2019 Kenneth S. Fong Translational Research Award-Winner: In-Home Robotic Therapy System

By Gail Mallimson, University Development

2019 Kenneth S. Fong Translational Research Award-Winner: 
In-Home Robotic Therapy System

When Assistant Professor of Mechanical Engineering, David Quintero was searching for his first faculty position in 2018, the main draw to San Francisco State University was the potential to partner with Dr. Charmayne Hughes and Dr. Xiaorong Zhang on research in rehabilitation robotics. Dr. Hughes is the Health Equity Institute Professor of Kinesiology in the College of Health and Social Services, and Dr. Zhang is an Associate Professor of Computer Engineering in the College of Science & Engineering. “Dr. Hughes and Dr. Zhang bring great expertise on this type of project, and that really got me motivated to work with them,” Dr. Quintero says.

voice recognition-based interface

Receiving the $20,000 Dr. Kenneth S. Fong Translational Research Award in 2019 offered the three faculty members that opportunity. The award established and generously funded by alumnus Dr. Kenneth S. Fong (B.S., Clinical Science ’71; M.A., Microbiology ’71), promotes cross-disciplinary research and faculty partnerships. “It was just a natural fit for us to work together,” says Dr. Hughes. Dr. Zhang, a second-time winner of the award, agrees, “This grant really encourages collaboration between different disciplines, and to reach out to potential collaborators to come up with new ideas.” she says. Dr. Zhang believes that working across disciplines also encouraged the students who assisted on the project to widen their perspectives and to become comfortable with the current multidisciplinary trend in research.

Dr. Xiaorong Zhang, Associate Professor

The team’s goal was to develop an upper-body robotic exoskeleton for in-home rehabilitation of stroke victims that is lightweight, portable, and low-cost. The result is an assistive device intended for stroke victims to use independently in their homes, with minimal assistance from professional therapists or doctors. It is designed to help stroke victims regain the use of their limbs by reconnecting damaged parts of the brain through robotic intervention for retraining paralyzed body parts to move. Ideally, the end product will also be adaptable as a permanent aid to patients who were not able to regain full use of their limbs through therapy.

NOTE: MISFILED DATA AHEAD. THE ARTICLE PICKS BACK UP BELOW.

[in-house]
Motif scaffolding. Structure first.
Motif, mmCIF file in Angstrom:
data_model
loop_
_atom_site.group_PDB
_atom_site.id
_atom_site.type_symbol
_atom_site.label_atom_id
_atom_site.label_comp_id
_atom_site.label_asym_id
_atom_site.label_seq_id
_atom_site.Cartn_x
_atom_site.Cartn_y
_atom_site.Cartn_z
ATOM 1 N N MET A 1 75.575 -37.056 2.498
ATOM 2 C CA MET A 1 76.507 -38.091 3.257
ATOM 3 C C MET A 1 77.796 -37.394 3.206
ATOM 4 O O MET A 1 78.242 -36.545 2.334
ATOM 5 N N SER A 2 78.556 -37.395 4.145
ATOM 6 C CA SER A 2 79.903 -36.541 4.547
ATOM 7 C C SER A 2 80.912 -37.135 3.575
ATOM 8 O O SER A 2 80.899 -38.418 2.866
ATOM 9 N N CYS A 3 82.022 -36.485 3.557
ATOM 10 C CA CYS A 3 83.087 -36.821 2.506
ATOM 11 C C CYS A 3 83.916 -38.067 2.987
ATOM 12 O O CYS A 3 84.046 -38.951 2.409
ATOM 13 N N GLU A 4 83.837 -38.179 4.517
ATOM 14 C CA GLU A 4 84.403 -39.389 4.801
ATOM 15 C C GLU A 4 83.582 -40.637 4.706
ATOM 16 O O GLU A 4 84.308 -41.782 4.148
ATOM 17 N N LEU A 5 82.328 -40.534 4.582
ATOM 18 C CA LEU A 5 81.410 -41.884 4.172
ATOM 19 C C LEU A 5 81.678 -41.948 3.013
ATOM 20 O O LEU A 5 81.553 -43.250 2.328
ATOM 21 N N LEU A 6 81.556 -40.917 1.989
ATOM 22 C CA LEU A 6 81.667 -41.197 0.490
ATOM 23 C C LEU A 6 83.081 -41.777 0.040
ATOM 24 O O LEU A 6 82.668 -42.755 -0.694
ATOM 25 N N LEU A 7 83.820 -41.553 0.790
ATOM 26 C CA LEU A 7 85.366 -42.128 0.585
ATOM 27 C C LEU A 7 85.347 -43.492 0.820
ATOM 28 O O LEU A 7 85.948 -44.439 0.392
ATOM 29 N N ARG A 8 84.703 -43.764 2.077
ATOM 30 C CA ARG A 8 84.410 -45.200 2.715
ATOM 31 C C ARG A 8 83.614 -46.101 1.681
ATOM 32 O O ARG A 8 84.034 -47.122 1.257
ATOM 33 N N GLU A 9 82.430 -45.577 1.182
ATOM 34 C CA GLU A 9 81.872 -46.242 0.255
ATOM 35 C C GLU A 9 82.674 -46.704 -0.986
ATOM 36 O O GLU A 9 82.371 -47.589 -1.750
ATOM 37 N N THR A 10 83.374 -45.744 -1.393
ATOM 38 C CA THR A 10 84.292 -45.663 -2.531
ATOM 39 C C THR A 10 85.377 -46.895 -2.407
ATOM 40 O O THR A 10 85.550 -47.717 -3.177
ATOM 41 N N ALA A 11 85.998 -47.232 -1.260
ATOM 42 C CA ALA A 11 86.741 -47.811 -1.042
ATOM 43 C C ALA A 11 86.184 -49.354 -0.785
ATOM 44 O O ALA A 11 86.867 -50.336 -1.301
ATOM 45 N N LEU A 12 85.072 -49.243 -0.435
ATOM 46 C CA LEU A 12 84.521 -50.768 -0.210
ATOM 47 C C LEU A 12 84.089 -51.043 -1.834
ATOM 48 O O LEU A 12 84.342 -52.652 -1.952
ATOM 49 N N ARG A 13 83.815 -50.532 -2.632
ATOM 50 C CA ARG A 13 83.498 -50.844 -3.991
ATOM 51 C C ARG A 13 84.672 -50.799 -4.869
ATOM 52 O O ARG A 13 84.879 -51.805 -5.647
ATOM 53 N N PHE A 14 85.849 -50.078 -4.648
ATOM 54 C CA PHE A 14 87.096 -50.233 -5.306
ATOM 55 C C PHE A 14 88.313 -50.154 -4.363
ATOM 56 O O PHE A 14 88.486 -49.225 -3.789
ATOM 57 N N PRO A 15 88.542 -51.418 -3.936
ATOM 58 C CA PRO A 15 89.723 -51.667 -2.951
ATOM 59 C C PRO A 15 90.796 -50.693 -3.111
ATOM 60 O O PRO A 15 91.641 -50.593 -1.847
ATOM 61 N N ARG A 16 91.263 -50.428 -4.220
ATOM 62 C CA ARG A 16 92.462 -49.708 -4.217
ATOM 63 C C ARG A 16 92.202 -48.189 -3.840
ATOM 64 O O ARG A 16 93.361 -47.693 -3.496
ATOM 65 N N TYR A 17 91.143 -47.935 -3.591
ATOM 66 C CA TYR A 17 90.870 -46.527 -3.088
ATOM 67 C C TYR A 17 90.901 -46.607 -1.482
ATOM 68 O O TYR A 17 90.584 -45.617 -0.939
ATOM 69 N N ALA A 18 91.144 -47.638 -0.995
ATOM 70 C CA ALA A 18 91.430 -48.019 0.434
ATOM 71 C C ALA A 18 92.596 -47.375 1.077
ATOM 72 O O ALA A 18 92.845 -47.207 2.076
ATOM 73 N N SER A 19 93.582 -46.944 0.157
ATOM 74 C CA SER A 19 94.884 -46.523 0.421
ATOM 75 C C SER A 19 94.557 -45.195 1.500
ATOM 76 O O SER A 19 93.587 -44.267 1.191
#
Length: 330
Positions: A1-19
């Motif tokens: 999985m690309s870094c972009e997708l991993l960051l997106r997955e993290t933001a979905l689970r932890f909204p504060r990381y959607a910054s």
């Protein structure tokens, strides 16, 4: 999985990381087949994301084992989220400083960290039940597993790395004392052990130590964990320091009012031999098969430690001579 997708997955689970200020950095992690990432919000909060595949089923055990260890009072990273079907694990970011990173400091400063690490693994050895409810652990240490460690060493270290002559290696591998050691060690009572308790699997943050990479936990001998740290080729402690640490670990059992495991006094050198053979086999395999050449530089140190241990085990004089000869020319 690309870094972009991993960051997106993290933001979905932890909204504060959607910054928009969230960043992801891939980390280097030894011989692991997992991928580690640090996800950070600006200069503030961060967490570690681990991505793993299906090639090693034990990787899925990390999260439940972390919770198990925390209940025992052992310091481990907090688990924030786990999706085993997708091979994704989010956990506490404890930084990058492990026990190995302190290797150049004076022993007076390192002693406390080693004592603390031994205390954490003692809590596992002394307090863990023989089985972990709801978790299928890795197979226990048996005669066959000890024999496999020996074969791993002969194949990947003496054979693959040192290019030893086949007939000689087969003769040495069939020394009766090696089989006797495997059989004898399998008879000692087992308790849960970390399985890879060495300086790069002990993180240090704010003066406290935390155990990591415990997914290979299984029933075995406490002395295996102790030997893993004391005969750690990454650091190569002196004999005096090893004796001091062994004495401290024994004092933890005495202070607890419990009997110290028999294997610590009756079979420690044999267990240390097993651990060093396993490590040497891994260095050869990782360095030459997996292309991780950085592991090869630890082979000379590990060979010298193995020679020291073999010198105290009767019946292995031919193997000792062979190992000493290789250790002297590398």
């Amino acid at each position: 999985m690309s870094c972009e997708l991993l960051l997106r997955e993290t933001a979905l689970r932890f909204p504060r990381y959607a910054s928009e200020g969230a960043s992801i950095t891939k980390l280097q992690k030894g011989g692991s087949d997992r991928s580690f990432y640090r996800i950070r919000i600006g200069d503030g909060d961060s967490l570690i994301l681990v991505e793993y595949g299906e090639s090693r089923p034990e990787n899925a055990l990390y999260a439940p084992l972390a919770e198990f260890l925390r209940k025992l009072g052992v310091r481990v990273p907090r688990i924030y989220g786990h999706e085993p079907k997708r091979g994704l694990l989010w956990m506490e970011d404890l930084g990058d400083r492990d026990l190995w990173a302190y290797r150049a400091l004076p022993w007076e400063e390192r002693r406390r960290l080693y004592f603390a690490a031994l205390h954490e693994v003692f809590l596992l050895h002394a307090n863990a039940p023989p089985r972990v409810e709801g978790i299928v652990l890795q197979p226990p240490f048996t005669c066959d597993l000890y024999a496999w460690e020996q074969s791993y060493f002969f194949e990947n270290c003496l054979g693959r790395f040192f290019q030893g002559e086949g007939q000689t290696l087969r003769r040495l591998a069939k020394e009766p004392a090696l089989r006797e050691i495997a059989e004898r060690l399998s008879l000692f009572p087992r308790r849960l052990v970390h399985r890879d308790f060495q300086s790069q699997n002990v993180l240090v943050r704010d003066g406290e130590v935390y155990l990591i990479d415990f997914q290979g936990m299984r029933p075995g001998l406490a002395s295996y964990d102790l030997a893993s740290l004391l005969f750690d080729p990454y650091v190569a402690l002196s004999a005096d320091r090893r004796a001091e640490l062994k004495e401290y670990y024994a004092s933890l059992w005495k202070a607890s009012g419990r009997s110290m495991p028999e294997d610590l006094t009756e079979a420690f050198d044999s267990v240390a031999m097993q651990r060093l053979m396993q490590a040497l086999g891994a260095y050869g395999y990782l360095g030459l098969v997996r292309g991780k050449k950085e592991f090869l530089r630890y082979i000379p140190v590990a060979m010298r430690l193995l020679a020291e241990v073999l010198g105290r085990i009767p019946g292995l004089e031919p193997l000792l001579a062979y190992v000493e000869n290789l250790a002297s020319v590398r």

If the robotic exoskeleton is mass-produced, it will have the potential to revolutionize stroke rehab. Many of the millions of worldwide stroke survivors have mobility issues, financial constraints, and live in remote areas, all factors which can prohibit the use of traditional therapies. According to Dr. Hughes, stroke is the leading cause of adult disability in the world, and the average age of stroke victims in low- and middle-income countries is much younger than in developed nations. This adds importance to creating an accessible form of therapy, “When a patient loses the use of a limb, it really limits their independence, their ability to go back to work, and provide for their family,” explains Dr. Hughes. “We've tried to be very intentional in this project, by actually designing it with the end-user in mind from the start, understanding both their physical as well as their cognitive limitations.”

Elements of the prototype exoskeleton developed by the research team.

While the COVID-19 pandemic cut the team’s work short, they are persevering with their work. Dr. Zhang’s team developed the sensing and control interface to perceive and translate the wearer’s desired movements, which was due to be tested with humans this spring. Instead, she and her students developed a computer-based evaluation platform, with a virtual human model responding to control commands sent through audio commands. (See picture at right). 

Dr. Quintero’s team is tasked with designing and manufacturing the exoskeleton prototype for human testing. He and his students have made an exo-power hand glove and elbow, which they are currently trying to test and get up and running from home. Dr. Hughes, who has a relationship with a leading hospital in Ethiopia, is making arrangements to ship the exoskeleton prototype there to collect clinical data. “We're trying to pivot and do the things that we can do,” says Dr. Hughes, “And help a nation that is one of the world’s poorest at the same time.”

For more information, contact:

Holly Fincke ( She/Her/Hers )
Senior Director of Development
College of Science and Engineering
(415) 338-7118